5 Invaluable Pieces Of Advice For Nervous Recent Grads


It’s that time of year, when the notes of “Pomp and Circumstance” begin to drift heavily down the long aisles of auditoriums and outdoor courtyards. Buds have already come out and flowered and died, and untold thousands of college graduates are sweating, limp-haired and nervous, under mortarboard caps. It’s a time of staggering amounts of beer and cheaply frosted “Congratulations!” cakes, bittersweet goodbyes, and, for more than a few of us, a feeling of impending doom.

As the ivy-clad gates swing shut behind us, and we step out on our uncertain paths forward, many of us are daunted by a seemingly unending series of questions: What do I want? How do I find my way? What am I supposed to do? Grim statistics and patronizing statements follow us around, but are less than helpful.

For those of you who are feeling unnerved — or even terrified — about your impending walk down the aisle, here are a few words of advice. Granted, I’m only a year out of college, but a year’s worth of conversations with fellow terrified graduates, not to mention a good number of confident and accomplished ones, have given me a certain measure of perspective that I wish I’d had during my initial post-college terrors. I hope these thoughts can help you get through this time, too.

1. Life doesn’t have a set schedule.

A lot of your friends might have won the figurative jackpot, and figured out something awesome to do for the upcoming year. Whether it’s a fellowship, a graduate program, or something more permanent, it’s tempting to feel that if you haven’t locked down the upcoming months in the same way, there’s something wrong with you.

Try to remember that life doesn’t follow a set schedule; there’s no ironbound law that demands you have to have your future sewn up before you get your degree, or even immediately afterwards. While it’s definitely hard to shrug off incessant questions or disparaging comments with just bravura and a smile, remember that the only one who can tell you what you “should” be doing right now is yourself. While some of us have heavier burdens than others — student loans have become so pressing as to become a subject of national legislation, we are thankfully out of the era of debtor’s prison, and the future, while uncertain, is ripe with possibility.  So if your plans are hazier than you’d like, or if the ones you have are not the ones you would have hoped for four years ago, don’t despair. Don’t judge yourself by the metric of anyone else’s success, or anyone else’s doubt of you. Remember that life is long, and you have a lot ahead of you.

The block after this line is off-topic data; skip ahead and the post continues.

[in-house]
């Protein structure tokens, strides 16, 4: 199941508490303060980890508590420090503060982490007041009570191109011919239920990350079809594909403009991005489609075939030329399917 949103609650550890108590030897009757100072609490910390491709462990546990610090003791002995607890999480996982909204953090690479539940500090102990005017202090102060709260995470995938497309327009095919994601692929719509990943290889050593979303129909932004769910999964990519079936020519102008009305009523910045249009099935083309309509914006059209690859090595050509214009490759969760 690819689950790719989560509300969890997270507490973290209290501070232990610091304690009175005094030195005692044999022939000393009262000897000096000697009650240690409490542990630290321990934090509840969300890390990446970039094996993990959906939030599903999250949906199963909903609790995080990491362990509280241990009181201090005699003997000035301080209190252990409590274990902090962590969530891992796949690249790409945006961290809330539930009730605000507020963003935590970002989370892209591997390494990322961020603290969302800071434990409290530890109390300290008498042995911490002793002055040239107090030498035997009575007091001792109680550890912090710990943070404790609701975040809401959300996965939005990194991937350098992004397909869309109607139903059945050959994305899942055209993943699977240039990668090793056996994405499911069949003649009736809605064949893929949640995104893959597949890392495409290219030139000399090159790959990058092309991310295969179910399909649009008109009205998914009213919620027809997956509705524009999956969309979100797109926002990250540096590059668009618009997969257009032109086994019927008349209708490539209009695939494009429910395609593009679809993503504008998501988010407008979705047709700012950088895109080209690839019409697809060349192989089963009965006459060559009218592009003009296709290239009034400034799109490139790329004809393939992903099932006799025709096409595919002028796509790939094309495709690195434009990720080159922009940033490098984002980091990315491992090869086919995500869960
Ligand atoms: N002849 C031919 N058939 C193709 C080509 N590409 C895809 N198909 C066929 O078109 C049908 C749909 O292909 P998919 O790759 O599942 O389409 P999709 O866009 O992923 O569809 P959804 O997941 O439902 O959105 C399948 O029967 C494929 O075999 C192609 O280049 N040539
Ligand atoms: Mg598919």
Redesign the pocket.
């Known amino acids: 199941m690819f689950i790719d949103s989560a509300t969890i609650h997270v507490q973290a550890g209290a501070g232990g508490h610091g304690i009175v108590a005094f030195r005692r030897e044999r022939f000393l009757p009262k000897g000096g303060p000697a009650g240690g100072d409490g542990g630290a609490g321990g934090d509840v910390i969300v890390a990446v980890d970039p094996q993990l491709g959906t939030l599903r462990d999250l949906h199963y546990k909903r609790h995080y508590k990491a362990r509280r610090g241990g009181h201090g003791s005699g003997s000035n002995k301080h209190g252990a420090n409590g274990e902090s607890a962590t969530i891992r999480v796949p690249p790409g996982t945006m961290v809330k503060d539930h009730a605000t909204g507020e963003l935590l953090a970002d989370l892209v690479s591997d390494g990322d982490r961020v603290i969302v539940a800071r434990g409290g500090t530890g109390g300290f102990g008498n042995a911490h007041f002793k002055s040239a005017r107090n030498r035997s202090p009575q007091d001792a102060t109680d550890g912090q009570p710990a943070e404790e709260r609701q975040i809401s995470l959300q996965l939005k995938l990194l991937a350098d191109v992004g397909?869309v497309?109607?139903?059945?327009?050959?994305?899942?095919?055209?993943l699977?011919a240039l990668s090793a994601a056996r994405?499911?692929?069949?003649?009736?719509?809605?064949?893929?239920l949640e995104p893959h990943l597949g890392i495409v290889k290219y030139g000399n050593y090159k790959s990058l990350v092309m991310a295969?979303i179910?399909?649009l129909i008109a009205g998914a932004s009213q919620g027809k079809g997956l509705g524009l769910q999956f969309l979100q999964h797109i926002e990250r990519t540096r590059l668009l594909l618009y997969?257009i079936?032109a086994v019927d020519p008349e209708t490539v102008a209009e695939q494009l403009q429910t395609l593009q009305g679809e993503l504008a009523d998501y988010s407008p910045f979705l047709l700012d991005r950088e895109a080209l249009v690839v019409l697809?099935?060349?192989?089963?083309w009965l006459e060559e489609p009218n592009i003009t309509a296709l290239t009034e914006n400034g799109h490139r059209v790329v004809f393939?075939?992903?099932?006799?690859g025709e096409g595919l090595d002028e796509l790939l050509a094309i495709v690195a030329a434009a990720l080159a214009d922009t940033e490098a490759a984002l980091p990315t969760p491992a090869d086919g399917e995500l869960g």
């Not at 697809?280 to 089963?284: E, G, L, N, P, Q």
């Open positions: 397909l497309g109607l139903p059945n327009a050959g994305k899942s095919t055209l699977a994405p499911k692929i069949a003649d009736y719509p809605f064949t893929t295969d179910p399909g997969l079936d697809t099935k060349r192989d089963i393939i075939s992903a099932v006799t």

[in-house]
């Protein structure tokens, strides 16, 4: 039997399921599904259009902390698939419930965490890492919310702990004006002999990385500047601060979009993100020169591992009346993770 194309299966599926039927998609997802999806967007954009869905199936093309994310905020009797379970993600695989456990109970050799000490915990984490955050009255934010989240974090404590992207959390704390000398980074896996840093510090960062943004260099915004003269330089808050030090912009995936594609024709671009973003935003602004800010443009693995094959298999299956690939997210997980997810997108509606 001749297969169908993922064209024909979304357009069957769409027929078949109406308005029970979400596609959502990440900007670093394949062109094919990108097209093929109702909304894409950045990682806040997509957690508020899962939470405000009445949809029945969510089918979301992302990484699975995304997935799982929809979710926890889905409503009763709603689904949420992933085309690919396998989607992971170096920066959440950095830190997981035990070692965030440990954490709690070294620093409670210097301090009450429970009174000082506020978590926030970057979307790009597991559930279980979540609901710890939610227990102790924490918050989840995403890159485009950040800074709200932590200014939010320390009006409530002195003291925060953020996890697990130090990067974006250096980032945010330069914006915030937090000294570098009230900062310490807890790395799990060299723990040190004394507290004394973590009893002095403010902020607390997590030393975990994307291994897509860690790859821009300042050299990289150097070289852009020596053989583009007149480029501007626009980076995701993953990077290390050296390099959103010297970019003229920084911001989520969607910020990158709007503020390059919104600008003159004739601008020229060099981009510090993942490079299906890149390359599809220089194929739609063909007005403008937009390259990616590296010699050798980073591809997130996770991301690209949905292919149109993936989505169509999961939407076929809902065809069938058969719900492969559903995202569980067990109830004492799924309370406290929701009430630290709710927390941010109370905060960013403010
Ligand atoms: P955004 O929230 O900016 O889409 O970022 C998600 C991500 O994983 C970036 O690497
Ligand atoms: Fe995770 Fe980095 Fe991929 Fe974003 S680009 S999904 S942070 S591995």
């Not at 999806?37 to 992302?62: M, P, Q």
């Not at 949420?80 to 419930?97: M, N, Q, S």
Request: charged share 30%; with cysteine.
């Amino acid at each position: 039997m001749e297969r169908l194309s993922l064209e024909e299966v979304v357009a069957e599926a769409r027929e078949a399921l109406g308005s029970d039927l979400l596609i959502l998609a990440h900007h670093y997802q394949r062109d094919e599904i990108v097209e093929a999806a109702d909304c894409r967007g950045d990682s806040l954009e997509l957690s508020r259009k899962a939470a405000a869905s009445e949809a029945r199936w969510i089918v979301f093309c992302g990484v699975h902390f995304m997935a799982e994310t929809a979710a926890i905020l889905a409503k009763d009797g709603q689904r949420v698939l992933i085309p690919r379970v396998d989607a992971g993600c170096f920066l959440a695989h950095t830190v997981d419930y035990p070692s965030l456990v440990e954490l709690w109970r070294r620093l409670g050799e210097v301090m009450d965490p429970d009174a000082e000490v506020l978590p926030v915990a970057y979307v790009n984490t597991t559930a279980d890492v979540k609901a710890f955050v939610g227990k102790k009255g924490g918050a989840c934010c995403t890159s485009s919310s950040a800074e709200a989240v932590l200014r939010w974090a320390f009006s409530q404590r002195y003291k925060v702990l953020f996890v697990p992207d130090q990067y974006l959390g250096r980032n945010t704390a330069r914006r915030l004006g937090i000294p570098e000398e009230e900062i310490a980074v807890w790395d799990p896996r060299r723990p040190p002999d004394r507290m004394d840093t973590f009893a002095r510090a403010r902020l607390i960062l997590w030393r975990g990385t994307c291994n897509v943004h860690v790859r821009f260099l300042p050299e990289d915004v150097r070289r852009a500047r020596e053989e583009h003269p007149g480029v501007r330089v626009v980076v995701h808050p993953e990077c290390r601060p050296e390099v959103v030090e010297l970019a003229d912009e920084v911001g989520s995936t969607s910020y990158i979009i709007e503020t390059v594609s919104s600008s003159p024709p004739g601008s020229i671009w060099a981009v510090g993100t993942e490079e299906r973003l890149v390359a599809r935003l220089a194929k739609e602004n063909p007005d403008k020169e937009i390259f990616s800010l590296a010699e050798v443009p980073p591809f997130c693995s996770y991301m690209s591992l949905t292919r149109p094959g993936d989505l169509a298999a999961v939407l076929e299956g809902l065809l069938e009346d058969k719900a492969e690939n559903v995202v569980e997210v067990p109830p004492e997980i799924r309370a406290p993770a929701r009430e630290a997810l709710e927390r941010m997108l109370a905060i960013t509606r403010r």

2. It's okay if you haven't figured out exactly what your passions are yet.

On a similar note, it’s even easier to freak out if you feel like you’re not even sure which direction you want to head. While you may have acquired some skills in college, it’s not necessarily easy or even possible to connect obscure and disparate fields of study with real-world career tracks. My advice for finding yourself in a flurry of doubt about which path to take? Engage yourself with something productive. It’s easy to get paralyzed by not wanting to “lock yourself in” before you’ve figured out exactly which direction you want to take. But the skills, experiences, and relationships you will create if you throw yourself into something wholeheartedly will undoubtedly give you clues about where you want to head. Engaging with something — whether it’s volunteer work, temping, or a job that might be in a different field than you’d hoped for — will also give you a sense of purpose that might quell this residual anxiety. But the best part about taking the initial step towards choosing a path? See No. 1. Life is long, it doesn’t follow a set schedule, and if you find yourself dissatisfied with what you’ve chosen, there is plenty of time for change.